Chief Legal Officer and Head of Public Affairs
As one of only two women on the executive leadership team at Truist Financial, Ellen Fitzsimmons knows the power of representation.
That recognition, along with last year’s national reckoning around racial injustice, inspired Fitzsimmons, Truist’s chief legal officer and head of public affairs, to lead a companywide effort to increase the proportion of women and minorities in leadership roles from almost 12% to 15% within three years.
“We’ve put a goal there that’s very specific, and we’re very loud about where we are on the path to it and how we’re getting there,” Fitzsimmons said.
Fitzsimmons joined Truist’s predecessor, SunTrust Banks, in 2018 as its general counsel. SunTrust merged in 2019 with BB&T to create the $467.3 billion-asset Truist.
The merger, the largest since the financial crisis, made Fitzsimmons and others at Truist recognize that they had greater power than before to be catalysts for change, she said. In addition to setting a goal of increasing ethnic diversity at Truist, Fitzsimmons also pushed the bank to hold more than 300 listening sessions — or what Truist calls “days of understanding” — to discuss systemic racism and the challenges that people of color face.
“What is more important [than numbers] is just the tens of thousands of hours we’ve spent talking to each other since the murder of George Floyd about racial equity, about a better world, about the role that a bank can play — especially one that’s just come out of a merger with greater ability to affect the outcome,” she said.
Fitzsimmons says it’s important for Truist, which is based in Charlotte, North Carolina, to be transparent in its progress. The bank just completed its first pay equity study, and has pledged to conduct that review annually. And the bank has been “much more aggressive” about sharing its equal employment opportunity data, Fitzsimmons said.
Fitzsimmons is also playing a role in helping close the racial wealth gap. Truist in 2019 committed $60 billion to invest in low- to moderate-income and minority communities and invest in lower-wage borrowers over a three-year period. Those investments helped the bank earn the highest possible overall Community Reinvestment Act rating for its most recent examination period.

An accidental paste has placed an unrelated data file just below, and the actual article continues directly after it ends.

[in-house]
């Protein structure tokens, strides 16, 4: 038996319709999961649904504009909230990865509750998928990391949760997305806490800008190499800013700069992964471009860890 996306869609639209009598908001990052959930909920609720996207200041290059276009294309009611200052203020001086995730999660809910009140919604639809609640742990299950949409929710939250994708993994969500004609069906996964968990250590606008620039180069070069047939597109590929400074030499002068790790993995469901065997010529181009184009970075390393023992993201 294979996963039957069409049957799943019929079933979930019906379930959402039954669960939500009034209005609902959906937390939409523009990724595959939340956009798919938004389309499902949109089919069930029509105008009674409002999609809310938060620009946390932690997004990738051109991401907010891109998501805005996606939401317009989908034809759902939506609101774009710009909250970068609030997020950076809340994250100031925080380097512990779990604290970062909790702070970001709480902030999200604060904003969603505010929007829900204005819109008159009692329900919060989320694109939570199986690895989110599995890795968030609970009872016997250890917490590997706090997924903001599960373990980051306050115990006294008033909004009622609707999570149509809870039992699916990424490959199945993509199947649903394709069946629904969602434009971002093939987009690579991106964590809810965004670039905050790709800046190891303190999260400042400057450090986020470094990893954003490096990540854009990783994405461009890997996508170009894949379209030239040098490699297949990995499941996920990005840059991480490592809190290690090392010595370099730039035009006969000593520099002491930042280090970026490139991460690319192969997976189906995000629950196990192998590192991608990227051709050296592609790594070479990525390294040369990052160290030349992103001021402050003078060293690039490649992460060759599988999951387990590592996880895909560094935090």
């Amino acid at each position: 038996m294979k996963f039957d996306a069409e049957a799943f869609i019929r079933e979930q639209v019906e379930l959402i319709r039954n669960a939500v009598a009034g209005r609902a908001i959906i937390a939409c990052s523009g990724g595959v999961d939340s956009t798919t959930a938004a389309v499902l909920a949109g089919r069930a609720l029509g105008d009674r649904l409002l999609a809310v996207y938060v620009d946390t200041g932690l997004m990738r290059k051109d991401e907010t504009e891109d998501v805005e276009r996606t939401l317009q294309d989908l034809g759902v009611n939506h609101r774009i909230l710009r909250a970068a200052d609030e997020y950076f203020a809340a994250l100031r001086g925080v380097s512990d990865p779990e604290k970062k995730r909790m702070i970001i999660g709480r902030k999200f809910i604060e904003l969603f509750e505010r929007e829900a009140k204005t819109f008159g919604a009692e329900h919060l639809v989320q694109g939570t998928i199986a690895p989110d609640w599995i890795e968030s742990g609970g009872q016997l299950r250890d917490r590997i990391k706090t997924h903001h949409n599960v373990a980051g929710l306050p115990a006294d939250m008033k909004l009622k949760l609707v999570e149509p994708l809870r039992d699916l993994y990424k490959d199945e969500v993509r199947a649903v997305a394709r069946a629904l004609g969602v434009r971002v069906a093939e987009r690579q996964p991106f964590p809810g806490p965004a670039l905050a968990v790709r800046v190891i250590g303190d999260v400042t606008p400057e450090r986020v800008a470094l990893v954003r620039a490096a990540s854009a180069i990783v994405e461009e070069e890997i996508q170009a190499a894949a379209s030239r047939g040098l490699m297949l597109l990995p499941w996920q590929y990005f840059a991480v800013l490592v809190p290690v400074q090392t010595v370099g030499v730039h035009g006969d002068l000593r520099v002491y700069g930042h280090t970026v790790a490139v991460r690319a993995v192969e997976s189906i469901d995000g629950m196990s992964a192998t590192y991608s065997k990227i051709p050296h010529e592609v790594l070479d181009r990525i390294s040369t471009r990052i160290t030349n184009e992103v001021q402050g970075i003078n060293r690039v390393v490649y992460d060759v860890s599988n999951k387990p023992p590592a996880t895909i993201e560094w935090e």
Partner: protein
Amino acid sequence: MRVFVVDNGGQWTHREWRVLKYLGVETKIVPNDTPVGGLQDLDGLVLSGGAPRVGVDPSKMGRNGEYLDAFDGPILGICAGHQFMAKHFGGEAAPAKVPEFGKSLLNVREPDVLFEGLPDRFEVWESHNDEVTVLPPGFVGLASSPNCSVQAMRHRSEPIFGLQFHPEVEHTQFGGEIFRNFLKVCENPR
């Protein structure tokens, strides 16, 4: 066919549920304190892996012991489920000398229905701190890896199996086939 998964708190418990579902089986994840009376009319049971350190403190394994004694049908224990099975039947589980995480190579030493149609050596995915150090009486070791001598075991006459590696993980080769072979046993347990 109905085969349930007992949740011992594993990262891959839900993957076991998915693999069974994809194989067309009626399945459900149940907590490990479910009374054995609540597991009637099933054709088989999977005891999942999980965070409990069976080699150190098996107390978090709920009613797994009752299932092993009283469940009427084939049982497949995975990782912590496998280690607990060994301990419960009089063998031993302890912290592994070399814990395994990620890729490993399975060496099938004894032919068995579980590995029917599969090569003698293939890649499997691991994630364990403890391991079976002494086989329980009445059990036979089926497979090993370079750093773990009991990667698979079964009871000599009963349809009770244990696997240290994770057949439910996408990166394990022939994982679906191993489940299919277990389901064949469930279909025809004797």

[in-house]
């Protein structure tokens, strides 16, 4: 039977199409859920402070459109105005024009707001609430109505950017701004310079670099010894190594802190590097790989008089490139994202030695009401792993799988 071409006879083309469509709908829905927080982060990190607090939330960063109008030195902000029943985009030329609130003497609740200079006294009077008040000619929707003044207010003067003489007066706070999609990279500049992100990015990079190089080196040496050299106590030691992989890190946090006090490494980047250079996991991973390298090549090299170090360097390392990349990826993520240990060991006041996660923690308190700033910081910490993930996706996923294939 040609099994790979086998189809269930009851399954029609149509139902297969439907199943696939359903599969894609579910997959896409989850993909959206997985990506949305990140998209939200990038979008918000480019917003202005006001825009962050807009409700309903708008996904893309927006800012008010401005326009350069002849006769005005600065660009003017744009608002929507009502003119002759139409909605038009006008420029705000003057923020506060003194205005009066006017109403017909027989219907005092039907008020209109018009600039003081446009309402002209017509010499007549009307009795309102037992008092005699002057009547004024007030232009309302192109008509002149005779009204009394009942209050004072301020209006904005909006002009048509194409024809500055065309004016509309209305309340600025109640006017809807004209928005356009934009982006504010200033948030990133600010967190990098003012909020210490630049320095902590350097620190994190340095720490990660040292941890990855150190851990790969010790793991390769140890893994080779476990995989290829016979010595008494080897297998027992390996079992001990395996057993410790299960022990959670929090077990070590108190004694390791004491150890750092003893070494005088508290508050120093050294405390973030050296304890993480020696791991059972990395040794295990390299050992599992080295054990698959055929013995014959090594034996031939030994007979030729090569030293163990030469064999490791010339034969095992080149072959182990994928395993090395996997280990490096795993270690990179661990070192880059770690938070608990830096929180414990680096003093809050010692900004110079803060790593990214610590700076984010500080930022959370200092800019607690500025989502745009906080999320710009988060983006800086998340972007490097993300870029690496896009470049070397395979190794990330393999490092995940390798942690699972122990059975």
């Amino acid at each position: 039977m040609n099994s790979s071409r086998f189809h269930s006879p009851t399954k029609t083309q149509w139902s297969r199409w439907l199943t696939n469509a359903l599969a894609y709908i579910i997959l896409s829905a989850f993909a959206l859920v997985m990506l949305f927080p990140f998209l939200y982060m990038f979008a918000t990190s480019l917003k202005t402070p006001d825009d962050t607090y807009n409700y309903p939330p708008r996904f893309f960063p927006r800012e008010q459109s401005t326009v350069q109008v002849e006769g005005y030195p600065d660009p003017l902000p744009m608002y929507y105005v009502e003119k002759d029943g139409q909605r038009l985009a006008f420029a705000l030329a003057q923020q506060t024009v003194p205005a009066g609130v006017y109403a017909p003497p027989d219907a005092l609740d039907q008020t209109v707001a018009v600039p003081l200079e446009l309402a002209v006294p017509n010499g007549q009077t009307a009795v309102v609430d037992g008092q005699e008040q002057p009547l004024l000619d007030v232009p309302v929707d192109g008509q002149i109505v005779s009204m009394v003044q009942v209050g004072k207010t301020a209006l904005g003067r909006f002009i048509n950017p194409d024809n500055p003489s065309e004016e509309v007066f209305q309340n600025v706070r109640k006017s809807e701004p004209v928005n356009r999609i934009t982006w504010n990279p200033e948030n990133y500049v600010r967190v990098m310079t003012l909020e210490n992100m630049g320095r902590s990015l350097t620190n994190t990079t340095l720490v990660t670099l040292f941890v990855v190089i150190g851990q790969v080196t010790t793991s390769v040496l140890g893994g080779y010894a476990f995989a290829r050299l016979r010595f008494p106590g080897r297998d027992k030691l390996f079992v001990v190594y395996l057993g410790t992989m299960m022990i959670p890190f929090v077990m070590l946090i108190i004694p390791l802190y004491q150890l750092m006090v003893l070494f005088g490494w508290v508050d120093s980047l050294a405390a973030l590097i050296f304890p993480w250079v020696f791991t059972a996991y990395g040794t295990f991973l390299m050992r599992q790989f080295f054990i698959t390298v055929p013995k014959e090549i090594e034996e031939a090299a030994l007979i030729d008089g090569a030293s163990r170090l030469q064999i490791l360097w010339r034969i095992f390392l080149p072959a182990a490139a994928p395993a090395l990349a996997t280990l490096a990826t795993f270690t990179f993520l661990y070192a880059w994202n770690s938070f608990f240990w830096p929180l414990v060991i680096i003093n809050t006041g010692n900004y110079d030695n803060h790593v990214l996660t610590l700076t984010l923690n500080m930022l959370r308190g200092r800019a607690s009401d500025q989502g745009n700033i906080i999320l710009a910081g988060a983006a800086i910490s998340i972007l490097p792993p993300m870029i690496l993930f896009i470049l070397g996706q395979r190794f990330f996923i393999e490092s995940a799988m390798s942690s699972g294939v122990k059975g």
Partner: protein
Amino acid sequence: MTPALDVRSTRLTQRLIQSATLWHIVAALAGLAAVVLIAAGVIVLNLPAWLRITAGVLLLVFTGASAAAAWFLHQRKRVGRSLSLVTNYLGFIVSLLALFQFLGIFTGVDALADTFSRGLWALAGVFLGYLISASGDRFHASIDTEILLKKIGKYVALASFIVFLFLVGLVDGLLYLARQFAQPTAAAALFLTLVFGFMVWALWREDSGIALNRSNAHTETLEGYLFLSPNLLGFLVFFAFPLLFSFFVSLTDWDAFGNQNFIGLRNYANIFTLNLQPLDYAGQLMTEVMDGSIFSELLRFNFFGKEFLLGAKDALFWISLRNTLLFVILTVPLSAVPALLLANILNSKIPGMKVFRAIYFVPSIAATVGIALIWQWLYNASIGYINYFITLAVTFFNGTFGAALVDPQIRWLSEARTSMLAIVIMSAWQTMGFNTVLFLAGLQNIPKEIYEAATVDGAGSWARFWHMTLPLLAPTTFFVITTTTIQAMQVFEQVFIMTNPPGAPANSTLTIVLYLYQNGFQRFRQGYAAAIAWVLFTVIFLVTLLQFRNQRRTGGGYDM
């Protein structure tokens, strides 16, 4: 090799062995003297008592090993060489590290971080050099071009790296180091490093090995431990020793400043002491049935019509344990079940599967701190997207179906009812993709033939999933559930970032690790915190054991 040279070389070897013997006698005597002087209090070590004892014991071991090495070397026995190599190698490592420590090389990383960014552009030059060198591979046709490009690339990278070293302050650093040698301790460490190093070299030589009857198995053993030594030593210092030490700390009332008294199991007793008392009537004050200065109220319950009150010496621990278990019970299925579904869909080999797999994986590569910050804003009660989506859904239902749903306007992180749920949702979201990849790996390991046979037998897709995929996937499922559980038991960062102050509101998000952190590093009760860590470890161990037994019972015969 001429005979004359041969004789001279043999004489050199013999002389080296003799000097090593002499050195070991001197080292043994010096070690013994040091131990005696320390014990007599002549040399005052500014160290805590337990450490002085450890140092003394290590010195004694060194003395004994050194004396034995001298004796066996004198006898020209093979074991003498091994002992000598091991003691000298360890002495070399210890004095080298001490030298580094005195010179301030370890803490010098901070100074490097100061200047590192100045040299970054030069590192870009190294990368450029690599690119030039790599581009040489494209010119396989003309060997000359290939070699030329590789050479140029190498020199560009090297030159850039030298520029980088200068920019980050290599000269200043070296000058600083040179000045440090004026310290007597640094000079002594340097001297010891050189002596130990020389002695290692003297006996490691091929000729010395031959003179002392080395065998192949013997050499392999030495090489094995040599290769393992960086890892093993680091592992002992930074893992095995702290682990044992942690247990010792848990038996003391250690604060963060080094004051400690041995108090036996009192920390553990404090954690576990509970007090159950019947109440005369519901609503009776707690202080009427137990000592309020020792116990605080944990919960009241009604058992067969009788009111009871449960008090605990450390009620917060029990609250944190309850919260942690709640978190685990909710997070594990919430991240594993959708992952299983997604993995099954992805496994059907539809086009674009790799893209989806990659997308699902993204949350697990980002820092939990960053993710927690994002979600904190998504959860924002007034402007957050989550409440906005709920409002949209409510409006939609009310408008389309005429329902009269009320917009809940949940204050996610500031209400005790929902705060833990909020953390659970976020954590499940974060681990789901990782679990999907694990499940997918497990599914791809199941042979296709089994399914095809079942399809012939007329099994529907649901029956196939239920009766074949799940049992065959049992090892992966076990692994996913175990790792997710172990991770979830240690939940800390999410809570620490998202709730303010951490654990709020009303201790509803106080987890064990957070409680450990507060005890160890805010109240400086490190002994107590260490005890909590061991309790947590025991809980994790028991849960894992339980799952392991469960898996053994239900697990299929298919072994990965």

The bank also invested $40 million to launch CornerSquare Community Capital in partnership with the NC Rural Center to offer funding to racially and ethnically diverse small-business owners and borrowers in lower-income communities, with a particular focus on Black-owned small businesses.
Truist and Fitzsimmons count the bank’s participation in the Small Business Administration’s Paycheck Protection Program among its most notable successes during the pandemic.
Truist provided almost $13 billion in the first round of PPP funding to small businesses, which the bank says helped more than 80,000 companies protect close to 3 million jobs.
“One of the things that was really fun was to have responsibility for some of the key elements of the COVID response,” Fitzsimmons said. “Through the legal team we were extremely engaged in supporting our communities and clients with PPP [and] at the same time, massive amounts of philanthropy just to help our communities get back on their feet.”
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